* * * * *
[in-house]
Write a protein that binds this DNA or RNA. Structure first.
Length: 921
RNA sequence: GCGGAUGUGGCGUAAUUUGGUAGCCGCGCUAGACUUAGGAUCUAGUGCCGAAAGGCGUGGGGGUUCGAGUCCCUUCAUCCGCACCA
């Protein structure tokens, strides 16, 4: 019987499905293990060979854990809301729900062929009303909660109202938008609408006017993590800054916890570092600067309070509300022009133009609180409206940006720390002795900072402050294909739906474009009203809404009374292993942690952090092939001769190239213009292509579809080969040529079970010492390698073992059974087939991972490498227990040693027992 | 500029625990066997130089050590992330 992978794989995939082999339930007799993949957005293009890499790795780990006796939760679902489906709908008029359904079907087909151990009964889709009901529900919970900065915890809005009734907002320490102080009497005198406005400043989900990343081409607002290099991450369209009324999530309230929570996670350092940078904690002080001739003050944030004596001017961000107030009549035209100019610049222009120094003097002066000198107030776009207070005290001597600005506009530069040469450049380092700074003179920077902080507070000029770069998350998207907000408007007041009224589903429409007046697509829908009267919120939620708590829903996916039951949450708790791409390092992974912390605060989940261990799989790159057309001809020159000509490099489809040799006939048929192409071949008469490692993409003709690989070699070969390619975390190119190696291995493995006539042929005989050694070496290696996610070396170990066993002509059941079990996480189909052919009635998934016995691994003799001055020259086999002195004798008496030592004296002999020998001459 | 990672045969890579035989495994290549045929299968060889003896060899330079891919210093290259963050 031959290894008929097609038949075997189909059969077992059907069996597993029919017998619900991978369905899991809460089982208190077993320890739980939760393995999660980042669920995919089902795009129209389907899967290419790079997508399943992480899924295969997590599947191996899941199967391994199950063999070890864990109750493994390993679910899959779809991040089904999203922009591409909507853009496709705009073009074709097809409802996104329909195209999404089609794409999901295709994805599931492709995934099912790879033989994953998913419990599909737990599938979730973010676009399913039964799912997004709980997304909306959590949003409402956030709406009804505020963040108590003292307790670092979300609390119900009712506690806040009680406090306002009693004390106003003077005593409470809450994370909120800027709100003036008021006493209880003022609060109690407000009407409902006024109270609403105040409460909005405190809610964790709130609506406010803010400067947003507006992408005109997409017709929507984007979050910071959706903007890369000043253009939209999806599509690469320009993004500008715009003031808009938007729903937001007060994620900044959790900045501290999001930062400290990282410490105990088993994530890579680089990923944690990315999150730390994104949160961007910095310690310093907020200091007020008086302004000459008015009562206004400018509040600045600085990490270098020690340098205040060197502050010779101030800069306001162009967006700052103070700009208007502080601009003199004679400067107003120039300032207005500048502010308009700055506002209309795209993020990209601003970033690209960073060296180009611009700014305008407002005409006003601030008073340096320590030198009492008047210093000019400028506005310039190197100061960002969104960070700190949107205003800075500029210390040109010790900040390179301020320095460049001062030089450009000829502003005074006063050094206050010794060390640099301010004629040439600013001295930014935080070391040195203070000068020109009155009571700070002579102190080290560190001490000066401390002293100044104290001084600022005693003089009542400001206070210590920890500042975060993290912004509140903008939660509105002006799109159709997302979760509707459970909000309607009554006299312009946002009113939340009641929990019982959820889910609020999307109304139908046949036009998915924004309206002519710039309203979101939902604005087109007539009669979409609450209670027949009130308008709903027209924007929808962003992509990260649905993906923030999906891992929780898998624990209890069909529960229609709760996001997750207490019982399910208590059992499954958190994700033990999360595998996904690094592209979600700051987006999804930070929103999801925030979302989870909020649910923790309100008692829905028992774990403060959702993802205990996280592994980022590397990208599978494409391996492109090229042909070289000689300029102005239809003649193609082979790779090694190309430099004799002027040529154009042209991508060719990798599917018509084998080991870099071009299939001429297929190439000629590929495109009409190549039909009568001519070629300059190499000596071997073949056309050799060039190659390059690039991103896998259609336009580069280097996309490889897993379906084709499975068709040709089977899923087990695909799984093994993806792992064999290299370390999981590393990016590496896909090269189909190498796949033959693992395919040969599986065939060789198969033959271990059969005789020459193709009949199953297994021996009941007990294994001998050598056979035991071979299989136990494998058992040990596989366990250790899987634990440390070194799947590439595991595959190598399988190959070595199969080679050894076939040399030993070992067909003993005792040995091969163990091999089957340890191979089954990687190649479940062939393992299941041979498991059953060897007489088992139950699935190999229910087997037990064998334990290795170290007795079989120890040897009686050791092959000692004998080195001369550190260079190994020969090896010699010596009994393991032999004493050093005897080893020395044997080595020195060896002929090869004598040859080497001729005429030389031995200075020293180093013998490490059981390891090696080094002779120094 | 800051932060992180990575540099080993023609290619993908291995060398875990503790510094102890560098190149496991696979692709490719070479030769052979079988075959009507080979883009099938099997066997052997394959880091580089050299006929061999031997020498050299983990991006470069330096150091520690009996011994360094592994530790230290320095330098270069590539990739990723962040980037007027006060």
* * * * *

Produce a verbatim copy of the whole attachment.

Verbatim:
[in-house]
Write a protein that binds this DNA or RNA. Structure first.
Length: 921
RNA sequence: GCGGAUGUGGCGUAAUUUGGUAGCCGCGCUAGACUUAGGAUCUAGUGCCGAAAGGCGUGGGGGUUCGAGUCCCUUCAUCCGCACCA
């Protein structure tokens, strides 16, 4: 019987499905293990060979854990809301729900062929009303909660109202938008609408006017993590800054916890570092600067309070509300022009133009609180409206940006720390002795900072402050294909739906474009009203809404009374292993942690952090092939001769190239213009292509579809080969040529079970010492390698073992059974087939991972490498227990040693027992 | 500029625990066997130089050590992330 992978794989995939082999339930007799993949957005293009890499790795780990006796939760679902489906709908008029359904079907087909151990009964889709009901529900919970900065915890809005009734907002320490102080009497005198406005400043989900990343081409607002290099991450369209009324999530309230929570996670350092940078904690002080001739003050944030004596001017961000107030009549035209100019610049222009120094003097002066000198107030776009207070005290001597600005506009530069040469450049380092700074003179920077902080507070000029770069998350998207907000408007007041009224589903429409007046697509829908009267919120939620708590829903996916039951949450708790791409390092992974912390605060989940261990799989790159057309001809020159000509490099489809040799006939048929192409071949008469490692993409003709690989070699070969390619975390190119190696291995493995006539042929005989050694070496290696996610070396170990066993002509059941079990996480189909052919009635998934016995691994003799001055020259086999002195004798008496030592004296002999020998001459 | 990672045969890579035989495994290549045929299968060889003896060899330079891919210093290259963050 031959290894008929097609038949075997189909059969077992059907069996597993029919017998619900991978369905899991809460089982208190077993320890739980939760393995999660980042669920995919089902795009129209389907899967290419790079997508399943992480899924295969997590599947191996899941199967391994199950063999070890864990109750493994390993679910899959779809991040089904999203922009591409909507853009496709705009073009074709097809409802996104329909195209999404089609794409999901295709994805599931492709995934099912790879033989994953998913419990599909737990599938979730973010676009399913039964799912997004709980997304909306959590949003409402956030709406009804505020963040108590003292307790670092979300609390119900009712506690806040009680406090306002009693004390106003003077005593409470809450994370909120800027709100003036008021006493209880003022609060109690407000009407409902006024109270609403105040409460909005405190809610964790709130609506406010803010400067947003507006992408005109997409017709929507984007979050910071959706903007890369000043253009939209999806599509690469320009993004500008715009003031808009938007729903937001007060994620900044959790900045501290999001930062400290990282410490105990088993994530890579680089990923944690990315999150730390994104949160961007910095310690310093907020200091007020008086302004000459008015009562206004400018509040600045600085990490270098020690340098205040060197502050010779101030800069306001162009967006700052103070700009208007502080601009003199004679400067107003120039300032207005500048502010308009700055506002209309795209993020990209601003970033690209960073060296180009611009700014305008407002005409006003601030008073340096320590030198009492008047210093000019400028506005310039190197100061960002969104960070700190949107205003800075500029210390040109010790900040390179301020320095460049001062030089450009000829502003005074006063050094206050010794060390640099301010004629040439600013001295930014935080070391040195203070000068020109009155009571700070002579102190080290560190001490000066401390002293100044104290001084600022005693003089009542400001206070210590920890500042975060993290912004509140903008939660509105002006799109159709997302979760509707459970909000309607009554006299312009946002009113939340009641929990019982959820889910609020999307109304139908046949036009998915924004309206002519710039309203979101939902604005087109007539009669979409609450209670027949009130308008709903027209924007929808962003992509990260649905993906923030999906891992929780898998624990209890069909529960229609709760996001997750207490019982399910208590059992499954958190994700033990999360595998996904690094592209979600700051987006999804930070929103999801925030979302989870909020649910923790309100008692829905028992774990403060959702993802205990996280592994980022590397990208599978494409391996492109090229042909070289000689300029102005239809003649193609082979790779090694190309430099004799002027040529154009042209991508060719990798599917018509084998080991870099071009299939001429297929190439000629590929495109009409190549039909009568001519070629300059190499000596071997073949056309050799060039190659390059690039991103896998259609336009580069280097996309490889897993379906084709499975068709040709089977899923087990695909799984093994993806792992064999290299370390999981590393990016590496896909090269189909190498796949033959693992395919040969599986065939060789198969033959271990059969005789020459193709009949199953297994021996009941007990294994001998050598056979035991071979299989136990494998058992040990596989366990250790899987634990440390070194799947590439595991595959190598399988190959070595199969080679050894076939040399030993070992067909003993005792040995091969163990091999089957340890191979089954990687190649479940062939393992299941041979498991059953060897007489088992139950699935190999229910087997037990064998334990290795170290007795079989120890040897009686050791092959000692004998080195001369550190260079190994020969090896010699010596009994393991032999004493050093005897080893020395044997080595020195060896002929090869004598040859080497001729005429030389031995200075020293180093013998490490059981390891090696080094002779120094 | 800051932060992180990575540099080993023609290619993908291995060398875990503790510094102890560098190149496991696979692709490719070479030769052979079988075959009507080979883009099938099997066997052997394959880091580089050299006929061999031997020498050299983990991006470069330096150091520690009996011994360094592994530790230290320095330098270069590539990739990723962040980037007027006060």